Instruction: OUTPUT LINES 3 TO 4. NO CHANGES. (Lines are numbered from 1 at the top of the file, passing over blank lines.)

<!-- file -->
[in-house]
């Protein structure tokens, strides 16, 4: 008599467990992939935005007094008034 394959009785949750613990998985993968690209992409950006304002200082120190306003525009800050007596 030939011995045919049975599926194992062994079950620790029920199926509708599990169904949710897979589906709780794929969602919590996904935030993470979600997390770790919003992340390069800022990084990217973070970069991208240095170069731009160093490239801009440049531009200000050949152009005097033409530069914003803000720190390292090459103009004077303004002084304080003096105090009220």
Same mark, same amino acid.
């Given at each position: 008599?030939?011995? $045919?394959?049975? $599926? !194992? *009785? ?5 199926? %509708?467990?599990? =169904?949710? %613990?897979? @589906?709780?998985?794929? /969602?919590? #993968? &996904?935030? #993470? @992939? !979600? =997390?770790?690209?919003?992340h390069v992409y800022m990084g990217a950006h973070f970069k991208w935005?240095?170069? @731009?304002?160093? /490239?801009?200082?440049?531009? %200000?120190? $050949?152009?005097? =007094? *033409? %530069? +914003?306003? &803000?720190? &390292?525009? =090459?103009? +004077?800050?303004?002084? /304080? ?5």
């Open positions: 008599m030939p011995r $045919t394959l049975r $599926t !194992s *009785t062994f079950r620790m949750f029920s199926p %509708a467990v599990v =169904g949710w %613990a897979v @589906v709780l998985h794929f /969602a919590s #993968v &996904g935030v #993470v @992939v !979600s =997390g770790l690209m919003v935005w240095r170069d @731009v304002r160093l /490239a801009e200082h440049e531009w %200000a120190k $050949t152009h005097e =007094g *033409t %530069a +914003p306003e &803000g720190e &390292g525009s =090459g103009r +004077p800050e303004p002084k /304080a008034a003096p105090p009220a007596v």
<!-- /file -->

Same mark, same amino acid.
């Given at each position: 008599?030939?011995? $045919?394959?049975? $599926? !194992? *009785? ?5 199926? %509708?467990?599990? =169904?949710? %613990?897979? @589906?709780?998985?794929? /969602?919590? #993968? &996904?935030? #993470? @992939? !979600? =997390?770790?690209?919003?992340h390069v992409y800022m990084g990217a950006h973070f970069k991208w935005?240095?170069? @731009?304002?160093? /490239?801009?200082?440049?531009? %200000?120190? $050949?152009?005097? =007094? *033409? %530069? +914003?306003? &803000?720190? &390292?525009? =090459?103009? +004077?800050?303004?002084? /304080? ?5």